“Please be quiet.” She directed a pleasant, distracting smile at other guests. “I don’t talk about it because I do not wish to be overheard. Gossip spreads far too easily.”

“Then prepare yourself for many secret discussions, Susanna, for although I’m competing with two of my friends”—he lowered his voice to a husky timbre—“I am also competing with you.”

He bit off the last word as Lord and Lady Greenwich strode by, their lined, patrician faces identically disapproving, their glances at Susanna full of sympathy and poorly veiled curiosity. He knew he’d practically cultivated such treatment, but to his surprise, it didn’t make Susanna distance herself from him.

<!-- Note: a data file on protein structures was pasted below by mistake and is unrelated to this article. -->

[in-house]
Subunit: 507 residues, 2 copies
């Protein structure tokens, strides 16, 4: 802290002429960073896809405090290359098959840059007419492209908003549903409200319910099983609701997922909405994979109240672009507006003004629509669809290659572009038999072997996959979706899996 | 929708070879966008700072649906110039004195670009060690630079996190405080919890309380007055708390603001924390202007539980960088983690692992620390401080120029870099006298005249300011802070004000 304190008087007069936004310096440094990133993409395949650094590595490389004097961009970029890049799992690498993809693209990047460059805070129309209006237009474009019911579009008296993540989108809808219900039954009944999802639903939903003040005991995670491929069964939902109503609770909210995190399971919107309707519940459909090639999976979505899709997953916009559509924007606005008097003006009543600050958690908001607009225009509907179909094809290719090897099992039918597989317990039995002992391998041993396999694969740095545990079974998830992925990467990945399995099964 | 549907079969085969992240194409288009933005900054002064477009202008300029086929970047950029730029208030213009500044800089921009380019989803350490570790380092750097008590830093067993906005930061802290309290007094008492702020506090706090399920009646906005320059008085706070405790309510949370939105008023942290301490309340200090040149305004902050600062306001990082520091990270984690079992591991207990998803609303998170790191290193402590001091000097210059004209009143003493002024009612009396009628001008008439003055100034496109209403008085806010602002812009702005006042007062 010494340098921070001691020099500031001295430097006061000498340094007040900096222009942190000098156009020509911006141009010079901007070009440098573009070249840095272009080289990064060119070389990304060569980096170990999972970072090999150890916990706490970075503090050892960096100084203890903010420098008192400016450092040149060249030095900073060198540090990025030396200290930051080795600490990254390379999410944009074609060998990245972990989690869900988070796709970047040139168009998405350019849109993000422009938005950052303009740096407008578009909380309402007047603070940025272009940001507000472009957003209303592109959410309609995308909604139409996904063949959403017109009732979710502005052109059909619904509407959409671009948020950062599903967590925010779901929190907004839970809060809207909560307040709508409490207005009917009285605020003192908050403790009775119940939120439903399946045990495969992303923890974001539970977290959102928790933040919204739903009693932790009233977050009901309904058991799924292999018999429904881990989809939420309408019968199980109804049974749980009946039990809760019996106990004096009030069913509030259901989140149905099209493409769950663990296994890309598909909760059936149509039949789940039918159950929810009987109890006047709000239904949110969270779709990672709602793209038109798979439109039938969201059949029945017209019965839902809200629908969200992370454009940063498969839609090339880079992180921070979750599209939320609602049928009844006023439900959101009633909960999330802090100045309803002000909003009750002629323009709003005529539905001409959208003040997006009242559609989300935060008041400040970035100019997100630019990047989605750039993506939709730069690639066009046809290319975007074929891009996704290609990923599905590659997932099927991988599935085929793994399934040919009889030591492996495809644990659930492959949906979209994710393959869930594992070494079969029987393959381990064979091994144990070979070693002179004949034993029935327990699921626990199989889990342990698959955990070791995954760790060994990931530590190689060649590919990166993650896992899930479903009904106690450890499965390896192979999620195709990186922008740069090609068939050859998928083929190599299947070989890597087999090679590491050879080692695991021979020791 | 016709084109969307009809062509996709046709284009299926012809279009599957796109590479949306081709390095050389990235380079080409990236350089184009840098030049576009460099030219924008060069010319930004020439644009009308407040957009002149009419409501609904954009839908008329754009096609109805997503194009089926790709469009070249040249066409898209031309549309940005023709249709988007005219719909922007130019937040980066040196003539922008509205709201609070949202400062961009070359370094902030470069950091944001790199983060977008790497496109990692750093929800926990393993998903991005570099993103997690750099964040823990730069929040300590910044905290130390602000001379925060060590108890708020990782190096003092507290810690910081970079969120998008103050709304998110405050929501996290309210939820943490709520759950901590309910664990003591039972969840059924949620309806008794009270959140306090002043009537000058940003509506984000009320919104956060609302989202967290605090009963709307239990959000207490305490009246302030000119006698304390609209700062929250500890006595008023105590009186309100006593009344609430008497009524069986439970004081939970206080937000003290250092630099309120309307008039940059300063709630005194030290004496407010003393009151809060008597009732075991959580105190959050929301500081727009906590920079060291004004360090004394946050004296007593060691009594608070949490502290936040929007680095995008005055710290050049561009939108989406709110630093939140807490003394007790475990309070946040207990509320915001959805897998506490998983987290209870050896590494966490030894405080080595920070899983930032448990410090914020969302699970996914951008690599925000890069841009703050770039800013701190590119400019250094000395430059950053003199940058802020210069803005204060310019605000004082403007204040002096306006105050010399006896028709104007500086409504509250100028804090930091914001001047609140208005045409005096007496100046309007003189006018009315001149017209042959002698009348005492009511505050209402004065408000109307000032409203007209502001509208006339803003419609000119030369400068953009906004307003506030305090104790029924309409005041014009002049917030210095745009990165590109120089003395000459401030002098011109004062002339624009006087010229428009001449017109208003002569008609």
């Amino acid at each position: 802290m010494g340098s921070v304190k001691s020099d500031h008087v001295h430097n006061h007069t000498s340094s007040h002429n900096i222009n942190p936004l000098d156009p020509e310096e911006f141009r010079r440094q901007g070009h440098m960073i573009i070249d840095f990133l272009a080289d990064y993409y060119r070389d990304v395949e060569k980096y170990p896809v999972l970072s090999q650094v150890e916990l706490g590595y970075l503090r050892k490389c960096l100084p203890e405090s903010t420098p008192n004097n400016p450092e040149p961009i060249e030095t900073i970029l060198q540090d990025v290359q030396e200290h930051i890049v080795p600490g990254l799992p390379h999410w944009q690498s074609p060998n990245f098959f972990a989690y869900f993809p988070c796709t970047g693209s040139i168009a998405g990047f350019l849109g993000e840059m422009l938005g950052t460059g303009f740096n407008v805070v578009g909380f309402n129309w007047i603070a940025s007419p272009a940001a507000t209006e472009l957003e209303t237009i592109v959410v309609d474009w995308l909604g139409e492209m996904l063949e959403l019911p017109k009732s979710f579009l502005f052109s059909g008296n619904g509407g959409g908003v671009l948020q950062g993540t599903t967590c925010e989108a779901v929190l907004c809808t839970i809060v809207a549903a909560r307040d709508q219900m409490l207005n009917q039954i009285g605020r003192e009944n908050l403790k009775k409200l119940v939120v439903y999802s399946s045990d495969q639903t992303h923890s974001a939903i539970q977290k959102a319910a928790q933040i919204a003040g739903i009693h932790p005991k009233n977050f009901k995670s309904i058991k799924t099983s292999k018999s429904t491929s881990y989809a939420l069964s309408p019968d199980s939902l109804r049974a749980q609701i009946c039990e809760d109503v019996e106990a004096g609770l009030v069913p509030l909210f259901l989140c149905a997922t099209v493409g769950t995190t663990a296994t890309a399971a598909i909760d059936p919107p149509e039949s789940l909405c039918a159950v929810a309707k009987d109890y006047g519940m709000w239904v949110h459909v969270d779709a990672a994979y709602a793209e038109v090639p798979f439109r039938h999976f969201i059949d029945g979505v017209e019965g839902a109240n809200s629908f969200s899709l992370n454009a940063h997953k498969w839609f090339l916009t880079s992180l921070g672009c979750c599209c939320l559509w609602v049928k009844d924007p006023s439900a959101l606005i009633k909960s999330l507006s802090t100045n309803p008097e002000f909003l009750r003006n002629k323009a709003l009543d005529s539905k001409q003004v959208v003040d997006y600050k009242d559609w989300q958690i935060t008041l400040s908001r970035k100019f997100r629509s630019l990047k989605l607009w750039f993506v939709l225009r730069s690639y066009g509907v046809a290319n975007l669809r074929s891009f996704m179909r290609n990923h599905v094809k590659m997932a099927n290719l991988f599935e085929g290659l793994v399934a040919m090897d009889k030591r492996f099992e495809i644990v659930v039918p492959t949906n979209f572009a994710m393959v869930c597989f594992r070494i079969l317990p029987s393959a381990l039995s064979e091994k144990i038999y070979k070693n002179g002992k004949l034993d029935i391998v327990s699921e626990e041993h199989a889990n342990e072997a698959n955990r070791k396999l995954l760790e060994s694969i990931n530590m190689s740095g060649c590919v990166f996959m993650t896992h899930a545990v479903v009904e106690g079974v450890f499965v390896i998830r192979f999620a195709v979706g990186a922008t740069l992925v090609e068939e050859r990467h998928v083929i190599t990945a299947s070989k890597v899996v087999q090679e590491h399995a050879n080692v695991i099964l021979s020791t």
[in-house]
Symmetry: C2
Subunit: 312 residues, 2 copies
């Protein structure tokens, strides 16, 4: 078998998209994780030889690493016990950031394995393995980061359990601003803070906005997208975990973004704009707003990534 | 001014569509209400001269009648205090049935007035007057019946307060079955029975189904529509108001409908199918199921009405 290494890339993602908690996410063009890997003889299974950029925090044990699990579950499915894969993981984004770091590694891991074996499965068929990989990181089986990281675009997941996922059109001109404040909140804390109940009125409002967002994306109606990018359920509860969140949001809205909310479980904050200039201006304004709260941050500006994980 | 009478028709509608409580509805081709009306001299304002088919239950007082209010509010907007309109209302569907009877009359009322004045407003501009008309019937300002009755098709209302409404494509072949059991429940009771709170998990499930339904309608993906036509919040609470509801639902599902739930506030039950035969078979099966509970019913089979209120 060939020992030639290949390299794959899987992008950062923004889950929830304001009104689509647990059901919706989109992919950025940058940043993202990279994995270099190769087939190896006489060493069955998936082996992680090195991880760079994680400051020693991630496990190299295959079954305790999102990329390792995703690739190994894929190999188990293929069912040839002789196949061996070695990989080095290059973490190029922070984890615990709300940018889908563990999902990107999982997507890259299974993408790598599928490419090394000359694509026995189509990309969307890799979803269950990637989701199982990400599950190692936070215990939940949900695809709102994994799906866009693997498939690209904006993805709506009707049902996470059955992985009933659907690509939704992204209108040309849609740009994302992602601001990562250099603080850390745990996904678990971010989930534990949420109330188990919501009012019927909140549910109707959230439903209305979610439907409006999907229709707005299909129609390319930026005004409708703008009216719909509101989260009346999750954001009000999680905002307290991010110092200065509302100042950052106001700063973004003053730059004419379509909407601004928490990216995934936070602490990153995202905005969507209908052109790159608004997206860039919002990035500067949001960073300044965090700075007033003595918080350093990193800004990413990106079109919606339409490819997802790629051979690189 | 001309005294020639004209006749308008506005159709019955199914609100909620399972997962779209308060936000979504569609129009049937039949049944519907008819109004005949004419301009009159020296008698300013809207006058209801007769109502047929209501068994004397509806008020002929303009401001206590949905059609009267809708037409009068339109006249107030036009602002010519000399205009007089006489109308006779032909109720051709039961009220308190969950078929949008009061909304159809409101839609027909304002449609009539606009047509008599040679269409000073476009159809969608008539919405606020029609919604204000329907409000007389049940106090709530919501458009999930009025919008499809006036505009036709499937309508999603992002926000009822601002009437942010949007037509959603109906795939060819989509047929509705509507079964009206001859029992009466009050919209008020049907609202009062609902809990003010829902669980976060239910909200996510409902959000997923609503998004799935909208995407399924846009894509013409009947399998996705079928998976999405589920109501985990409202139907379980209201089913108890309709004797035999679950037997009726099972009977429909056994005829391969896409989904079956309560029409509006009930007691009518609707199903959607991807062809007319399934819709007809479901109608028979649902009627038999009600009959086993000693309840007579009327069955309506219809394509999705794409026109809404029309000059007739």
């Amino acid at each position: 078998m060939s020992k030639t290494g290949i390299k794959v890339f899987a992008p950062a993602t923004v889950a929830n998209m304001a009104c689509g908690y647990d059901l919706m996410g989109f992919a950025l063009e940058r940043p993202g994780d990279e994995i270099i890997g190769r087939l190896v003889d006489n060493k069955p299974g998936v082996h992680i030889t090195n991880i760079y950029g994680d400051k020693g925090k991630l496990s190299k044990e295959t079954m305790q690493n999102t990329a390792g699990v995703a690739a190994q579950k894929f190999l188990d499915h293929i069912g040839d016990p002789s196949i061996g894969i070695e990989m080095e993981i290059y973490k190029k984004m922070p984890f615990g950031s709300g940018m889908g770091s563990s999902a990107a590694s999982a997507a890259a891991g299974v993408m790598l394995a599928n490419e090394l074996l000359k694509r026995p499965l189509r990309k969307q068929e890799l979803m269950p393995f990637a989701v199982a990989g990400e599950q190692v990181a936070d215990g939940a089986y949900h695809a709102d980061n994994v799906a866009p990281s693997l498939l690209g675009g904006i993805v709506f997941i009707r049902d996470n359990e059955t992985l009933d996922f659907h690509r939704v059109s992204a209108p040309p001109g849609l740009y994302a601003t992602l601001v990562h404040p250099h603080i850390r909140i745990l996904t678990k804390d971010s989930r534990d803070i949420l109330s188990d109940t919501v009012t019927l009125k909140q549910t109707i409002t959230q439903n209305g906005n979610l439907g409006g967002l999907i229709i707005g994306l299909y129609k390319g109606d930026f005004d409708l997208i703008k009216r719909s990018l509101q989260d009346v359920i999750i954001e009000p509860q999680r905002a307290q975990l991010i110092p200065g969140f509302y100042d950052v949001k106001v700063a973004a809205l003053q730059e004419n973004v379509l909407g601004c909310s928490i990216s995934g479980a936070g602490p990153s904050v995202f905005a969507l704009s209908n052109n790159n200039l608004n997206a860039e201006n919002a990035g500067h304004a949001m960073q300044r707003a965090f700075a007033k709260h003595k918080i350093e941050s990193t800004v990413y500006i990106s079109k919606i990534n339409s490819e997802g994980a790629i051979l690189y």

When the couple was far enough away, Susanna said, “I do not care to compete with you, Mr. Wade.”

“That is obvious by the way you fled London.”

She looked at him with the toleration of an adult to an incorrigible child. “Believe what you wish. It only goes to prove your arrogance.”

“You’re not the only one who fled, of course.” When she remained silent, he continued, “Your sister Rebecca mysteriously decided to visit an elderly relative.”

“No mystery there, sir. Our great-aunt Rianette is doing poorly. Rebecca is visiting, as is her duty.”

“While you enjoy a frivolous party.”

“If you knew anything about me, Mr. Wade, you would know that ‘enjoy’ is an erroneous word.”

He studied her with curiosity. Ladies of the